Dovetailing with the foul trouble is the free throw advantage this has offered OSU's opponents on occasion. Most notably, Colorado shot 38 FT's of which they made 27, in comparison to OSU's 16/24, in their decisive upset of OSU, 89-77. Speaking of FT's, making only 5/14 FT's in comparison to Oklahoma's 16/19 in Norman, may well have cost them the game. Most disheartening was when the Cowboys were only behind 59-56 near the end and Terrell Harris went to the line to shoot two FT"s. Harris, leading the B12 with an .870 average, missed both and this seemed to deflate the team. As Coach Sutton said, "Those two (missed) free throws seemed to drain our energy a little bit," Sutton said.
Both individually and as a team, OSU on occasion has a propensity for turnovers. Most especially Boggan and Harris have a high number of TO's. Curry had 7 TO's against Texas, but has had 3 or fewer against the rest of the B12 so far. Kansas had 17 steals. In the first half. OSU committed 11/13 TO's in the first 10 minutes.
Simply put, Oklahoma State plays well at home and not as well away. All five of its losses are either on the road or at ostensibly neutral Nashville where the Cowboys narrowly lost to Tennessee, 77-79. They have lost eight straight conference road games dating back to last year. That may help down the road when OSU visits Lubbock, but it doesn't help much now when as said before, they are 14-0 so far at home this season. So far OSU has gotten blasted 87-57 by Kansas and 67-49 by A&M, beaten soundly by lowly Colorado with nine freshmen on their roster, and edged by Oklahoma 67-60.
Of some hope to Tech is that, while OSU has won all its home games, the Cowboys have been flirting with defeat all season in conference home games. Although OSU was leading at the half 37-24, Baylor put a scare into them with a flurry of 3's that enabled then to get within 774-74 with 17 seconds left. OSU went on to win 81-77.
At OSU, Oklahoma almost pulled off a sneak upset despite shooting 24 fewer FT's than OSU and being outscored on such, 27 to 13. OSU seemed to have the game well in hand, though not by a huge margin. Suddenly Oklahoma made two 3 pointers back to back, JamesOn Curry missed two Ft's, Oklahoma scored another FG, and the score was 62-61, OSU. Johnson had a chance to tie it with less than 10 seconds remaining and the score 61-64, but missed a trey.
Iowa State was actually ahead 23-17 at the half. OSU missed 11 of its first 14 shots. The difference between the first and second half stats are shocking: 7TO's first half vs. 2TO's second half, 28% shooting first half vs. 59% second half, 14-23 rebound deficit vs. 18-16 rebound advantage. Clearly OSU is mortal, even at home.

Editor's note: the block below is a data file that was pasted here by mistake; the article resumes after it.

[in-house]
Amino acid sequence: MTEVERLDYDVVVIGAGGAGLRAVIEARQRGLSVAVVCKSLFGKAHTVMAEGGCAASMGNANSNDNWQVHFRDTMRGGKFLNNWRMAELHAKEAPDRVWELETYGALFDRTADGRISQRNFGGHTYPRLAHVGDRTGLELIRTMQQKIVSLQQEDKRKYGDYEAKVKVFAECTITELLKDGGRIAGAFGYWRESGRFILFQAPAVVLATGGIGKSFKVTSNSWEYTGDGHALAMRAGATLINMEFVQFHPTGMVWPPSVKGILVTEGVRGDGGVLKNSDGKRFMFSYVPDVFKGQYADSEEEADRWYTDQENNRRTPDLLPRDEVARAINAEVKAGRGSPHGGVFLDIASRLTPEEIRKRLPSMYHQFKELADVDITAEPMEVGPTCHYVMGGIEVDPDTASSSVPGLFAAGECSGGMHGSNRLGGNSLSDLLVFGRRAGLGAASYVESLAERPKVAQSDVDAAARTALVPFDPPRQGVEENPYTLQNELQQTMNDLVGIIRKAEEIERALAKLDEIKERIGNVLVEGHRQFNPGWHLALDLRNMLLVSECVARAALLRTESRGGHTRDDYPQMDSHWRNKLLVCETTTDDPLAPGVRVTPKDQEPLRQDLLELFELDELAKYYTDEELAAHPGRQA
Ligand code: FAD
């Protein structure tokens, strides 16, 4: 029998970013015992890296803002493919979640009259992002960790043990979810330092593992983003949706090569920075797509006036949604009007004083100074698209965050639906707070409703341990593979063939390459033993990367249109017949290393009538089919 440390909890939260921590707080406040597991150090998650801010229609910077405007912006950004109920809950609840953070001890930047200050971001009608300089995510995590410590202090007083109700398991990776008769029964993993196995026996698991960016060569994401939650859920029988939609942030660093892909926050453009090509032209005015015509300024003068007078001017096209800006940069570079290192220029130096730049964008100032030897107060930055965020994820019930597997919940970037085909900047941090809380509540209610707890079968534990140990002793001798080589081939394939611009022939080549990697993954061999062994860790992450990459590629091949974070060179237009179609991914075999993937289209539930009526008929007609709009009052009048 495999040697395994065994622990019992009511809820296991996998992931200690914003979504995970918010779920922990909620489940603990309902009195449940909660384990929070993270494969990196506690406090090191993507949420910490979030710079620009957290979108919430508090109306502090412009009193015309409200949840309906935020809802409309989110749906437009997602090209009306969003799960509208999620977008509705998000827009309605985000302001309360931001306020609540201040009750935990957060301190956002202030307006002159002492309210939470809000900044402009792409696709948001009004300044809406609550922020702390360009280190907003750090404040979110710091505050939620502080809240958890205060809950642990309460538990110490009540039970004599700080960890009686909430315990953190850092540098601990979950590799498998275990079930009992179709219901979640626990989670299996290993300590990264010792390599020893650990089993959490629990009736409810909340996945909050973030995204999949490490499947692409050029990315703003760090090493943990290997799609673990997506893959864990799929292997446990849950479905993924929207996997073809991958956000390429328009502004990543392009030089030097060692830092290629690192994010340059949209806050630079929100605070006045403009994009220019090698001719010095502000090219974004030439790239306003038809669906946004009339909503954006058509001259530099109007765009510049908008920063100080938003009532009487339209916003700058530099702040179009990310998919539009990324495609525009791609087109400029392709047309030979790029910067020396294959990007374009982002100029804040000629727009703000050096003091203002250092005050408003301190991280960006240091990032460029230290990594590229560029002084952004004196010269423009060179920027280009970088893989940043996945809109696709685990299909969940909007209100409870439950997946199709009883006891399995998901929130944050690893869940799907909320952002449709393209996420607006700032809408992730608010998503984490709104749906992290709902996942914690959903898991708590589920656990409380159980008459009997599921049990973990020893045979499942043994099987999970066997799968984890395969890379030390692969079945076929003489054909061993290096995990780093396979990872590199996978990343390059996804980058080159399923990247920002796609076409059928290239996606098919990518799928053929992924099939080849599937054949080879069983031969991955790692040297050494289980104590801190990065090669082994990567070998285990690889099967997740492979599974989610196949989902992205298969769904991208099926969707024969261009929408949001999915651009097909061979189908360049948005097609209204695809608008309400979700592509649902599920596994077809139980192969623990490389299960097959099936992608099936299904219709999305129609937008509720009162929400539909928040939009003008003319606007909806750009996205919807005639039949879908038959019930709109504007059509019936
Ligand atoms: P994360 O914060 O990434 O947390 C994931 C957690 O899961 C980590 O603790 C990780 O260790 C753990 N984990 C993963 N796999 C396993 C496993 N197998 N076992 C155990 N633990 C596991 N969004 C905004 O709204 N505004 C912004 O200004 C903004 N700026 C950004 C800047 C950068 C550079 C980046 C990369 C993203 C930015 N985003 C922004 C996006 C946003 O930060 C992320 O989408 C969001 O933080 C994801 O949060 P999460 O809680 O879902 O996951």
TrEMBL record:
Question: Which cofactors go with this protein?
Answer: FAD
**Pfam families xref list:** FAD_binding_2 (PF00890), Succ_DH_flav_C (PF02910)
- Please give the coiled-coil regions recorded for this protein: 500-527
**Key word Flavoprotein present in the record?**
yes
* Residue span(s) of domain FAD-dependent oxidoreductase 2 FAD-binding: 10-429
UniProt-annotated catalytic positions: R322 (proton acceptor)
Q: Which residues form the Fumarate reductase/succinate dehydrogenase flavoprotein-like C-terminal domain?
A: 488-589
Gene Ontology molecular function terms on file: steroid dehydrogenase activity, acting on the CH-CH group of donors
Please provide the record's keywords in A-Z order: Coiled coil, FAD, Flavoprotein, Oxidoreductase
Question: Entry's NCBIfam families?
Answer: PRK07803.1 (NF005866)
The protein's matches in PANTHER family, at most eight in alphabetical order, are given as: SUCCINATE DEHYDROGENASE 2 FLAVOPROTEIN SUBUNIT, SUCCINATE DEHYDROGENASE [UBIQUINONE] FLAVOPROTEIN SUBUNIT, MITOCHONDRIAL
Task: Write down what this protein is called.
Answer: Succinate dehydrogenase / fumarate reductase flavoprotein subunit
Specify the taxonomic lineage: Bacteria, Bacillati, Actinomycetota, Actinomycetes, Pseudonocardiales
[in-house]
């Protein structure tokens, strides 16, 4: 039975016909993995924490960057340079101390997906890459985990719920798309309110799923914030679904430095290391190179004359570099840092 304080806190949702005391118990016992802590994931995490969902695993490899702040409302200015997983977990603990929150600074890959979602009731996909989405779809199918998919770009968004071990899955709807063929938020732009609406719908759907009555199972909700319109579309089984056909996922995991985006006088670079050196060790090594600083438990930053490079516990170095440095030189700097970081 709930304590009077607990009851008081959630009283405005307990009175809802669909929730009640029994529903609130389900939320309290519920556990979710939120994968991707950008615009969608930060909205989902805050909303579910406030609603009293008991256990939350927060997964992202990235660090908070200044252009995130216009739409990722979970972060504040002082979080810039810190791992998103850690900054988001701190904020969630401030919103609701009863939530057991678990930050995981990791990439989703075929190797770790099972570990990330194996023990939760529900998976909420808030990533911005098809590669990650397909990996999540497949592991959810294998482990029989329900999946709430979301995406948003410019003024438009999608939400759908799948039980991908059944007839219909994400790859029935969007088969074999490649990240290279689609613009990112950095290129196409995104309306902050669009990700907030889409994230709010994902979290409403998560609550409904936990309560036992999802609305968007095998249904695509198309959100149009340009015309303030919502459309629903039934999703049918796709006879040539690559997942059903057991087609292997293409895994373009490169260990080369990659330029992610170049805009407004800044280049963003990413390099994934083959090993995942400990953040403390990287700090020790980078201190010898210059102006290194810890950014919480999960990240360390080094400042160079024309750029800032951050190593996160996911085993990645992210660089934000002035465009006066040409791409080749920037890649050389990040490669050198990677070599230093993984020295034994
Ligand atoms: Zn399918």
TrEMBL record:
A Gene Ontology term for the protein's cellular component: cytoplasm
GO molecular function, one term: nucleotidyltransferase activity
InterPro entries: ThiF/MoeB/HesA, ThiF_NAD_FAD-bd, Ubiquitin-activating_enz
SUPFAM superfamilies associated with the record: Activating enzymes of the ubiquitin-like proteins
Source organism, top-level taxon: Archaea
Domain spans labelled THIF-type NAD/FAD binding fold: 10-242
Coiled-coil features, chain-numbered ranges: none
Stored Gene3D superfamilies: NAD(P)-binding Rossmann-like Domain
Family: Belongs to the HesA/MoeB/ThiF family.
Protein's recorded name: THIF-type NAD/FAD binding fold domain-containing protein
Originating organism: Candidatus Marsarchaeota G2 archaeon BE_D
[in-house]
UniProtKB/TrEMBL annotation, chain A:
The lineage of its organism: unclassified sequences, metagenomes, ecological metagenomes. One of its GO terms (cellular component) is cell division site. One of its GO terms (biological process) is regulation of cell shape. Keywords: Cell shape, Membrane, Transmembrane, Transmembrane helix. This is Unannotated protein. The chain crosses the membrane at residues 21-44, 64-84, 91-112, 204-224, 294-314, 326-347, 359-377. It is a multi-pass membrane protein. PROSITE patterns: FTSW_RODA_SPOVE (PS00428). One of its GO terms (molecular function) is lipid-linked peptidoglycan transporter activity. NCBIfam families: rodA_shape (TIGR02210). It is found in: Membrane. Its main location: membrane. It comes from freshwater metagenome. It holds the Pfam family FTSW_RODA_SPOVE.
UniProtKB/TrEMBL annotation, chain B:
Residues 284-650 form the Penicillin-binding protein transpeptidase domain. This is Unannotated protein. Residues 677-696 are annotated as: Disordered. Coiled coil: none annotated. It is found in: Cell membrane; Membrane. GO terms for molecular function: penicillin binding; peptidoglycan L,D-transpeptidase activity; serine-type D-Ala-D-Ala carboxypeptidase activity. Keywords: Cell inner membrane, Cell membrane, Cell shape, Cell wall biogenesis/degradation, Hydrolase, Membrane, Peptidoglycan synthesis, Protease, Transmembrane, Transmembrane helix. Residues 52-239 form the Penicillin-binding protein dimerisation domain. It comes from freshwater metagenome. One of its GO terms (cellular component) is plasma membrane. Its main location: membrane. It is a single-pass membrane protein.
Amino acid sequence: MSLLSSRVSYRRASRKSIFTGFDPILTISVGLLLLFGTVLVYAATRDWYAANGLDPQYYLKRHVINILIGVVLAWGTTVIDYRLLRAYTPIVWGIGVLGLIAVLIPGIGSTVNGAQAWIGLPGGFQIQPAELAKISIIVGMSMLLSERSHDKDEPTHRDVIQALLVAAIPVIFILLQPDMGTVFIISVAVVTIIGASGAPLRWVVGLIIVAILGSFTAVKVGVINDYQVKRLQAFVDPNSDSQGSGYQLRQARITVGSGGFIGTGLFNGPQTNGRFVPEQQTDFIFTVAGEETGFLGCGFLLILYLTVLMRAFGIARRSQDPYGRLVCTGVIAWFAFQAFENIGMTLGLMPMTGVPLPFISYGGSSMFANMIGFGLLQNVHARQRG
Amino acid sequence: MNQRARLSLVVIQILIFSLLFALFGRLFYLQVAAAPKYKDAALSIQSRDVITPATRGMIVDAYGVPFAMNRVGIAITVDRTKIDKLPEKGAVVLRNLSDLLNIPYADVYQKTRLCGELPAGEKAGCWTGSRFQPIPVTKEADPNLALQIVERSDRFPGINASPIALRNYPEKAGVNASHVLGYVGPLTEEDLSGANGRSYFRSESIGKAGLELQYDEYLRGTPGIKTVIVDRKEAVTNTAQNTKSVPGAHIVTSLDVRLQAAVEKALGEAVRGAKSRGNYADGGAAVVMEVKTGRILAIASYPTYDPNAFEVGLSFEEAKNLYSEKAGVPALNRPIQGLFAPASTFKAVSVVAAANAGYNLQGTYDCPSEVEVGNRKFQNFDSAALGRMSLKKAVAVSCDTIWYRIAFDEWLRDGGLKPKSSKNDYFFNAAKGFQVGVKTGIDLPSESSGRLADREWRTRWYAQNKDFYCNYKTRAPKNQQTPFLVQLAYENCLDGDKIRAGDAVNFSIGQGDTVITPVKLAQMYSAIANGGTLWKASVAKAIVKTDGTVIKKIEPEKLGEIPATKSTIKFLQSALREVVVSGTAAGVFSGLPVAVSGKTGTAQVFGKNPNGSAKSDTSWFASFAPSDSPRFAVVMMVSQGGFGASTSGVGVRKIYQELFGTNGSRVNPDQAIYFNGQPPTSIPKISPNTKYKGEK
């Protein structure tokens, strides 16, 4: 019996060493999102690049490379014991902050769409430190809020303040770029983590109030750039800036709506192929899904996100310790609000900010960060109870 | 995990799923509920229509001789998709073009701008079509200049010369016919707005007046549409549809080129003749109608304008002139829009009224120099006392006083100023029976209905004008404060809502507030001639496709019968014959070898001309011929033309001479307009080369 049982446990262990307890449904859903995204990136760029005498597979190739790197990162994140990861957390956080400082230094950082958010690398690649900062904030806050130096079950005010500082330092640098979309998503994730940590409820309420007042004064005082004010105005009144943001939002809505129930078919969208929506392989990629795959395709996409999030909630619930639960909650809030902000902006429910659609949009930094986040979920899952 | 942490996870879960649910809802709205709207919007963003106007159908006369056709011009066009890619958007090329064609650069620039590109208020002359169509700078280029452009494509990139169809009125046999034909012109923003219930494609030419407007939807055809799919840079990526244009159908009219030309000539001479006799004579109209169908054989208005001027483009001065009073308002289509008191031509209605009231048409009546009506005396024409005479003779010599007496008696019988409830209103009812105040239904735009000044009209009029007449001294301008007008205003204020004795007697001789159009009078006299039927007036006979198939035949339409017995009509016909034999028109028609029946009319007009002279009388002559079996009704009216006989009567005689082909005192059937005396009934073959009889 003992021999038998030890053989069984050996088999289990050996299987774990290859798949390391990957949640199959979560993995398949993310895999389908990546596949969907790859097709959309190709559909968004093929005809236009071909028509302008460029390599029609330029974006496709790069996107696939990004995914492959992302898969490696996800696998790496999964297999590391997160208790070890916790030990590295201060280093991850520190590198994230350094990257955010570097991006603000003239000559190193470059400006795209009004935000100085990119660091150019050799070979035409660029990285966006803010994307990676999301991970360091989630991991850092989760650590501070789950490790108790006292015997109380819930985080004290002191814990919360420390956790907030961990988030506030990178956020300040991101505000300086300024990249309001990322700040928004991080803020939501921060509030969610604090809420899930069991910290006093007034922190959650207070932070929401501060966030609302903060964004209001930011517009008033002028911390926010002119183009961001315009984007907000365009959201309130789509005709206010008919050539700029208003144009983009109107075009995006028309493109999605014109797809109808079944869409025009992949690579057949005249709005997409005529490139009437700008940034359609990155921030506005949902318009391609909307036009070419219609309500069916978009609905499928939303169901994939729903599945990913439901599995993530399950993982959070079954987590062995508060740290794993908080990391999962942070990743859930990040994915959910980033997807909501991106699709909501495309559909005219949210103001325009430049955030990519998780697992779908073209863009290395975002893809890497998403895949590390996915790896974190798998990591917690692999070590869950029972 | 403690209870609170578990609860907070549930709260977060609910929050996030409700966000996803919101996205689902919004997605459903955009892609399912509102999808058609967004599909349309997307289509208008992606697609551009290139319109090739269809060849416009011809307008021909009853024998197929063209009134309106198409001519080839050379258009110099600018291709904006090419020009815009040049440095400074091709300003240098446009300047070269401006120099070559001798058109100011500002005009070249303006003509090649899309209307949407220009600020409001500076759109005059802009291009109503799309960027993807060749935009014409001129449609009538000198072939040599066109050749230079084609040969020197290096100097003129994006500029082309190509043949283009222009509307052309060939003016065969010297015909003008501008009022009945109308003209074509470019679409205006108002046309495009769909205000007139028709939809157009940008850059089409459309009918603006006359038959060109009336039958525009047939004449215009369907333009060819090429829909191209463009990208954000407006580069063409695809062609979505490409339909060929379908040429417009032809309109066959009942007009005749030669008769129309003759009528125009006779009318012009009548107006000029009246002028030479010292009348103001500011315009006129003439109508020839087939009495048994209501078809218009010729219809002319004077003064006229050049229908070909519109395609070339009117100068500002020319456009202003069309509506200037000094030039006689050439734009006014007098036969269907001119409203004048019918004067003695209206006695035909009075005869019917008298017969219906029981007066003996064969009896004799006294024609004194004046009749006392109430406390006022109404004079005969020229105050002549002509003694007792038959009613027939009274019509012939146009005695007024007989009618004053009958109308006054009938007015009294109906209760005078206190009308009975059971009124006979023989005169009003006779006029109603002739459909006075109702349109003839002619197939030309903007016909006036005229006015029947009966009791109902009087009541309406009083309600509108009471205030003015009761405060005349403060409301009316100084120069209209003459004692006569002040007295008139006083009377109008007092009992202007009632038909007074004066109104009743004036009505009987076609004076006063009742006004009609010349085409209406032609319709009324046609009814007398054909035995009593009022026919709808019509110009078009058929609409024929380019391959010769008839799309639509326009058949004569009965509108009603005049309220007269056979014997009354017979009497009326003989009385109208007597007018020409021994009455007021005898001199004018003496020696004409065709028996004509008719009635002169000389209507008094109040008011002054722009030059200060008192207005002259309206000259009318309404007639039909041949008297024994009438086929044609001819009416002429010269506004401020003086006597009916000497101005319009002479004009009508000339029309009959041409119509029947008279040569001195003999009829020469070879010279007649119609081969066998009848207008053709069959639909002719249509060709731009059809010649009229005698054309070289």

As implied, Boggan and Curry are prolific scorers. Boggan has a high of 37 points against Texas in the 3OT, a second best of 26 against Baylor and a low of 8 points against Kansas in what teammate Curry conceded "….was just a real bad night for us. I can't make an explanation for it. We just played bad". The Aggies also defended him well, holding him to 11 points but with 8 rebounds. Discounting the Texas game, in the other 7 conference games he has averaged 16points/game. On rebounding,Boggan has also been solid, though he was skunked in his "bad game" and held to a single rebound in the close win in Oklahoma I. As mentioned on the negative side, Boggan is foul prone and has had some games with inordinate TO's, though certainly not astronomical.
Curry has scored a high against Texas of 28 points and a second high of 20 on three
occasions. His low is 12 twice, against Kansas and in Oklahoma I. Again discounting the Texas game, Curry has also averaged 16 points/game. As I indicated earlier, this shows how overall stats can be illusory. While not chopped liver, the 32 points/ game tandem average is a far cry from the intimidating 41 per of the overall chart.
While OSU is primarily dependent on Curry and Boggan, they can win without huge games from both, though is does make it closer. In the squeaker of Oklahoma I, their combined scoring of 25, on 13 and 12 points respectively, undoubtedly contributed to the closeness of the game. On the other hand, high tandem scoring does not necessarily guarantee victory. Colorado and Oklahoma II were both losses even though in both games Boggan and Curry contributed 37 points on pretty balanced scoring. But then Tech knows that problem well as shown in the game at Oklahoma where Jackson and Zeno produced 51 of Tech's 61 points.
Other Cowboys have had good outings. Byron Eaton unfortunately for OSU had his big game of 19 points against Colorado in the loss. However, Eaton's 11 points before fouling out , were a major factor in OSU's win over Texas. He may have also saved OSU's bacon with his 17 points against Oklahoma in Stillwater, along with Mound's 11. Mound's 11 rebounds in that game were also a big contribution. Another major contributor is Terrell Harris. He had 16 crucial point and 7 rebounds against Texas and had his season high of 21 points against Iowa State.